Most Americans think President Donald Trumps response to the white supremacist rally that turned violent at Charlottesville in Virginia was not strong enough, a new poll has revealed.
Fifty-two per cent of people surveyed said Trump's response was insufficient while 27 per cent said his reaction was strong enough and 21 per cent were unsure, the Marist poll said on Wednesday.
The gathering of white supremacists and neo-Nazis on August 12 turned deadly when a car plowed into a crowd of counter-protesters, killing a woman and injuring 19.
The President's initial response, in which he condemned violence on "many sides", was widely panned as inadequate because he failed to call out white supremacists directly. So he followed up with a statement Monday doing so.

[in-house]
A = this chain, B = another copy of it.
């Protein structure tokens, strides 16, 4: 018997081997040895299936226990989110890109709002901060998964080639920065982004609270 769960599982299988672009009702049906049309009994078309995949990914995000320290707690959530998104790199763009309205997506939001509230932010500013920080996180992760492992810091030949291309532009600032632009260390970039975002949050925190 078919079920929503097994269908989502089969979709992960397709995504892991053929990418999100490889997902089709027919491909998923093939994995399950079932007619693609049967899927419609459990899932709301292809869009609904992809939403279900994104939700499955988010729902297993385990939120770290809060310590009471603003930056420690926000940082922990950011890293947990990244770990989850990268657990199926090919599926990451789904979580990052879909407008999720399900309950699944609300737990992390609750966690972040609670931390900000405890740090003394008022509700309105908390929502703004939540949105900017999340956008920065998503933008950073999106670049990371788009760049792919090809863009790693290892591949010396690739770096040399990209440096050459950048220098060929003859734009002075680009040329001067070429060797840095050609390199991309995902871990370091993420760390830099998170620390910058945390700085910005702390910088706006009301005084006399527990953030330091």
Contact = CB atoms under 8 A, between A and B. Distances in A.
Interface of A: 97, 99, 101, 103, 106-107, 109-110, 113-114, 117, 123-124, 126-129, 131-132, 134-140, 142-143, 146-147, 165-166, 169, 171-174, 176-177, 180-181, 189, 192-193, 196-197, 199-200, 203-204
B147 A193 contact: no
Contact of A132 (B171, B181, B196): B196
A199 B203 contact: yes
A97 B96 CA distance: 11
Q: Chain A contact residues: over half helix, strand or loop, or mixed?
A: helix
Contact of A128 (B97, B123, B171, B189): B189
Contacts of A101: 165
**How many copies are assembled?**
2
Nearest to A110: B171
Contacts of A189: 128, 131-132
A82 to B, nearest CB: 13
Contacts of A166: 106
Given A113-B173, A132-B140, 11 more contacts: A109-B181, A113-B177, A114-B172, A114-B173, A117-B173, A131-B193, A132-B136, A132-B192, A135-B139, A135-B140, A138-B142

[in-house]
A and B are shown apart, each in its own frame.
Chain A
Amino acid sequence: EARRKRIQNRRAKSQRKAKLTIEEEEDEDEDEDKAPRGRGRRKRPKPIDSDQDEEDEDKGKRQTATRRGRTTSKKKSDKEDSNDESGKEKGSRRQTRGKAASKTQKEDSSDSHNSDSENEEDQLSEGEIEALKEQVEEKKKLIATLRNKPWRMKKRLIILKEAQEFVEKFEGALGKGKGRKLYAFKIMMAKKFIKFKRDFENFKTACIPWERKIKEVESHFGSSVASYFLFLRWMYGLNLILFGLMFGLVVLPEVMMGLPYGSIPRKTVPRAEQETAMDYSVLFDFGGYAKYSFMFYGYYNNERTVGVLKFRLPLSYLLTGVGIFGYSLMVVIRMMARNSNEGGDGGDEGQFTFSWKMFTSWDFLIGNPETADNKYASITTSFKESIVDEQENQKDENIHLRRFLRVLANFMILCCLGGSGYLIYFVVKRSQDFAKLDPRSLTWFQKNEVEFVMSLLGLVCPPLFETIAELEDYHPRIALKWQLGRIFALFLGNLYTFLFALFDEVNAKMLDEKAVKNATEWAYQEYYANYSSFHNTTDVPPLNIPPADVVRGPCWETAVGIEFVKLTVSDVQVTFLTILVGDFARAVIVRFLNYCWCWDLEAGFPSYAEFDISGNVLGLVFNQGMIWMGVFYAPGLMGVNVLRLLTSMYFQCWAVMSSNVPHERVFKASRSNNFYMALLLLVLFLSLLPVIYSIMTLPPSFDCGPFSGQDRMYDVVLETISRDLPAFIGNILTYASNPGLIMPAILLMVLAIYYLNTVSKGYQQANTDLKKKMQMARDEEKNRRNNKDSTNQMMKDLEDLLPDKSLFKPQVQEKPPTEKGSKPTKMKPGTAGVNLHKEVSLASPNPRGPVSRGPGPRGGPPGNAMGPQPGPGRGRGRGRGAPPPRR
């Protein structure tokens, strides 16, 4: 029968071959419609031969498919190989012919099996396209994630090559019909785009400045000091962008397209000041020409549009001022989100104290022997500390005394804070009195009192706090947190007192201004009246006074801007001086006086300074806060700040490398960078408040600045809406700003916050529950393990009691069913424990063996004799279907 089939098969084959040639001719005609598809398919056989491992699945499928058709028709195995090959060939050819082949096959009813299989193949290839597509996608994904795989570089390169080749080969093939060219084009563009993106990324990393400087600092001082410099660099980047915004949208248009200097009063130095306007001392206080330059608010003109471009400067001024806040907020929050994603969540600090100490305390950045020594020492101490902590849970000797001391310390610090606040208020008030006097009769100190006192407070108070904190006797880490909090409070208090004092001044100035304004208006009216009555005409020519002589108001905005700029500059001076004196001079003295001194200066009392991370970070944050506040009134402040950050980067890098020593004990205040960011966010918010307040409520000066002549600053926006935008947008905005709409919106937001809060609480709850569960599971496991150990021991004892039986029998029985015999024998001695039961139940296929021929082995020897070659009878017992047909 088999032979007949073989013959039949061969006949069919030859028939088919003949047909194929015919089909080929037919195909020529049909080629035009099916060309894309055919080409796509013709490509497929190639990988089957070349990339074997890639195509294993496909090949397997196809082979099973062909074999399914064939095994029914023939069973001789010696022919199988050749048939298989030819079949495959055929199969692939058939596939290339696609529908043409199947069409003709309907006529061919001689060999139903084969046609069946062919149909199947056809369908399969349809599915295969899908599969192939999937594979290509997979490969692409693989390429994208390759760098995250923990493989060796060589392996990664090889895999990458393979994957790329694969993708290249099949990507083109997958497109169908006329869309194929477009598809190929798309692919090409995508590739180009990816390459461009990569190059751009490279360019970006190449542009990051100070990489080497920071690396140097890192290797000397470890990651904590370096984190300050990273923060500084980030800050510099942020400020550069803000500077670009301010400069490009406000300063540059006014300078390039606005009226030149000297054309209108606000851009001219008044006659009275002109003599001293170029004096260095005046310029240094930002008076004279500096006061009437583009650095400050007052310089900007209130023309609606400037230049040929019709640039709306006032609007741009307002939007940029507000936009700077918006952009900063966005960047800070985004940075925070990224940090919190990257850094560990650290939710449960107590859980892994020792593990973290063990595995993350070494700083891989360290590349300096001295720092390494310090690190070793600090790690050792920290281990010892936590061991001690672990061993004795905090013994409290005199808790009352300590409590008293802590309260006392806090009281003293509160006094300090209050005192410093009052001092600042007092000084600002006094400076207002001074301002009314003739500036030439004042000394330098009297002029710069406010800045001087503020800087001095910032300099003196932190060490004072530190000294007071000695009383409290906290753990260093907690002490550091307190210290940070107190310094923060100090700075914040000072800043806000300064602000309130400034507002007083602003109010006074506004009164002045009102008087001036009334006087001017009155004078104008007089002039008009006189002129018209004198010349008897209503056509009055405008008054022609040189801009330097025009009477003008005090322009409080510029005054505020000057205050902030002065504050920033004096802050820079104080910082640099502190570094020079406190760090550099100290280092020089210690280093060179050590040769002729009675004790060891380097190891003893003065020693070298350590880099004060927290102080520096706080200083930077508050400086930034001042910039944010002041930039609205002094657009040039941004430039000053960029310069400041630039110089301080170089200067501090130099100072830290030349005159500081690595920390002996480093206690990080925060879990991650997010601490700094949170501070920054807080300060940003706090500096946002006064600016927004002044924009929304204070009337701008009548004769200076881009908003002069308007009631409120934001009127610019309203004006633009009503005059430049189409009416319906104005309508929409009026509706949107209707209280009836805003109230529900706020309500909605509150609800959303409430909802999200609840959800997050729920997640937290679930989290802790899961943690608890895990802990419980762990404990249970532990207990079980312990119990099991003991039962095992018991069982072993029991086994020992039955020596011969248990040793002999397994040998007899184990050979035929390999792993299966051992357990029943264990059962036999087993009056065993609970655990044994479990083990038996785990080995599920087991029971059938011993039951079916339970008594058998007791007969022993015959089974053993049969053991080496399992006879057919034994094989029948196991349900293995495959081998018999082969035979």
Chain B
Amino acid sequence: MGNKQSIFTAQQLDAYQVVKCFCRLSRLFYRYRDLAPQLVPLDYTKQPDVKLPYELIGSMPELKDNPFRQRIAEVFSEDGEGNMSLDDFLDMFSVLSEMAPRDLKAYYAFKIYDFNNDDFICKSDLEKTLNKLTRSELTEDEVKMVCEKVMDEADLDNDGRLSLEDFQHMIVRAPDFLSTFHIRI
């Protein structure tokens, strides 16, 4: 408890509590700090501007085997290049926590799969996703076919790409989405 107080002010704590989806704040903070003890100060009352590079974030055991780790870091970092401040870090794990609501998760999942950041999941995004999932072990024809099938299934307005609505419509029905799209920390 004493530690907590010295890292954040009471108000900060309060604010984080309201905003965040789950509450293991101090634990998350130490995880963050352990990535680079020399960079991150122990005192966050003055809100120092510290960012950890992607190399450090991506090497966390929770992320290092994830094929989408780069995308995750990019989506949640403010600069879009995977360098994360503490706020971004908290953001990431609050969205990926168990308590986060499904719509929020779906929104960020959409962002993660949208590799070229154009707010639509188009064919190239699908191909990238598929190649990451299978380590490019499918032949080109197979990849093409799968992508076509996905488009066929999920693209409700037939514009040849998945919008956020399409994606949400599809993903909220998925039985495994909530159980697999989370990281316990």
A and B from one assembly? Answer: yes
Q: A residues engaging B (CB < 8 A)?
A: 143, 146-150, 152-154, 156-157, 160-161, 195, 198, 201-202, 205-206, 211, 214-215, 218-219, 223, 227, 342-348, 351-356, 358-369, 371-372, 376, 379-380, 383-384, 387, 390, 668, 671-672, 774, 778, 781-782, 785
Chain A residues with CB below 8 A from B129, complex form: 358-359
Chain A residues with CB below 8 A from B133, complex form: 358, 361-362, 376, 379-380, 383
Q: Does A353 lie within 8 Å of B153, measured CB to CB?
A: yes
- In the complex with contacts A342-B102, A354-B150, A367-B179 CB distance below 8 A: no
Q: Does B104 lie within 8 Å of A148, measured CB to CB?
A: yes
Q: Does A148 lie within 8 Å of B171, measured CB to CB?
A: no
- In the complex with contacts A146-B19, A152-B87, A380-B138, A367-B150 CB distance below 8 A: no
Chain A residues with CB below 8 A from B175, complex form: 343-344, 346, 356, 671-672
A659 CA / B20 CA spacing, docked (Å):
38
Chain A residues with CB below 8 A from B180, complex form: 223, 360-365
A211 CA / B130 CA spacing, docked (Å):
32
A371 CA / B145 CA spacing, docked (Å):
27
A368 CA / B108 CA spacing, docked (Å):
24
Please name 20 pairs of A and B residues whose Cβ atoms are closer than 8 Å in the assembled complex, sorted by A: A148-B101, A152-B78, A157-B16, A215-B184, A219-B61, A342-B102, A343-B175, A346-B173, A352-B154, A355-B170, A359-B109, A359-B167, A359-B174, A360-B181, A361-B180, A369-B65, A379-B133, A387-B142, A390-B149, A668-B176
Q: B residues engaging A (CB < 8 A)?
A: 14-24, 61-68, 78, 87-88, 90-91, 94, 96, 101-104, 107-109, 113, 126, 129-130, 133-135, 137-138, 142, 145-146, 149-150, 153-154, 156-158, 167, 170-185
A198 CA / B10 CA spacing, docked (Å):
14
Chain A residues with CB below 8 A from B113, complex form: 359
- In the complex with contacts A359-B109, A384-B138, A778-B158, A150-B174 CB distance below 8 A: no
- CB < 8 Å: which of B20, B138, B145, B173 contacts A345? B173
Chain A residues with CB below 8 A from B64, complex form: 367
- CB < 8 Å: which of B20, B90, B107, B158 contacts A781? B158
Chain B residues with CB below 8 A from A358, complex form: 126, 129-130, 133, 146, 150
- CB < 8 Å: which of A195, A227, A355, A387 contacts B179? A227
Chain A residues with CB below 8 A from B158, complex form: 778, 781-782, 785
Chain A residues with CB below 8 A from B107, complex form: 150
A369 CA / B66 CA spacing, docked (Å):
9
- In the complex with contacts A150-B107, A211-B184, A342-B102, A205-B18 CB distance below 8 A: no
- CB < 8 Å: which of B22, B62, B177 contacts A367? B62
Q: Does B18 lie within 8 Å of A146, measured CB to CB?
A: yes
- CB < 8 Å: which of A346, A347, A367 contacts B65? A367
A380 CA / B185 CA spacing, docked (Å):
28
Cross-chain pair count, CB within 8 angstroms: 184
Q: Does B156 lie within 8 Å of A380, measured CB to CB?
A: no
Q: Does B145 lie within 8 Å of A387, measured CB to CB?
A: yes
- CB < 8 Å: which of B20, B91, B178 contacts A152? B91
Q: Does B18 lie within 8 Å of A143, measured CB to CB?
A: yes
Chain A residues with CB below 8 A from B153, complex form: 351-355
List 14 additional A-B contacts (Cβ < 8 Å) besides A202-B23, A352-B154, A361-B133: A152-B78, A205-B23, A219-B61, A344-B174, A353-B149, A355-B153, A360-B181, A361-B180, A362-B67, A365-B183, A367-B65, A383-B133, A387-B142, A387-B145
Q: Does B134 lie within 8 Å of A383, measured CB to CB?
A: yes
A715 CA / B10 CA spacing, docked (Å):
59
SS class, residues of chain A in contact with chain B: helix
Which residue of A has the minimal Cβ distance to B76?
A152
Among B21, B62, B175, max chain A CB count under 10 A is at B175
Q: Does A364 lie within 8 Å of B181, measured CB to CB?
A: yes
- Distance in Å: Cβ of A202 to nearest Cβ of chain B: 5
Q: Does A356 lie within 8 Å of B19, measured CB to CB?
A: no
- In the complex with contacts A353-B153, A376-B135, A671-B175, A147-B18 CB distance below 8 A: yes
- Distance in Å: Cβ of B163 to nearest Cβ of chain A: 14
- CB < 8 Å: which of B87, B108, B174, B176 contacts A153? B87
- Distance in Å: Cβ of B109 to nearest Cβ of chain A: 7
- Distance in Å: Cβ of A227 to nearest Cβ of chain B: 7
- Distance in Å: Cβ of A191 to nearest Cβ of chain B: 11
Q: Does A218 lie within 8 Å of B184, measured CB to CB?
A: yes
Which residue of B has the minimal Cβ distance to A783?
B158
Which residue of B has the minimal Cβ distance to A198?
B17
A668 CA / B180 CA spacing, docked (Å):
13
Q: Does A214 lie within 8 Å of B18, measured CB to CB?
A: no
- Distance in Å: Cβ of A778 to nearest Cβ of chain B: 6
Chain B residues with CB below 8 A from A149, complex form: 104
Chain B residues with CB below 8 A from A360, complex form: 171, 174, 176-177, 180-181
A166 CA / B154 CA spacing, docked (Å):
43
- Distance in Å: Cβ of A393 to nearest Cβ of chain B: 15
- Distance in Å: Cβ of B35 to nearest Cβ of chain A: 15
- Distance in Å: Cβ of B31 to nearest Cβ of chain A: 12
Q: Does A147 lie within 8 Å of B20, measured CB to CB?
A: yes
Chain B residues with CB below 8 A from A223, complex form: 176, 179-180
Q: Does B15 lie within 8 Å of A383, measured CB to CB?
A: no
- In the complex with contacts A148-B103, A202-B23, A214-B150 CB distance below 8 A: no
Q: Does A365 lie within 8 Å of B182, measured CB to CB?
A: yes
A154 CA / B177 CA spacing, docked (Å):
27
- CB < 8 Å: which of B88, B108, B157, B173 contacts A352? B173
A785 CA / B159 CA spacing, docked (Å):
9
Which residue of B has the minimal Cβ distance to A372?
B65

But he prompted another firestorm of criticism on Tuesday when he again blamed "both sides" and suggested that the white supremacist protesters included some "very fine people".
Approval of the President's response varied significantly along partisan lines. Just 10 per cent of Democrats said Trump responded to the episode strongly enough while 79 per cent said he did not.
Fifty-nine per cent of Republicans said the President's response was strong enough and 19 per cent said it was insufficient, the poll showed.
Among independents, 52 per cent said Trump's response was not strong enough and 30 per cent said it was, Politico news reported.
Thirty-one per cent of white respondents said Trump reacted strongly enough while 46 per cent said he did not. Seventy-seven per cent of African-Americans surveyed said Trump's response was inadequate, compared with 13 per cent who said it was enough.
The poll's sample size was 1,125 people, who were surveyed by landline and cellphone on Monday and Tuesday.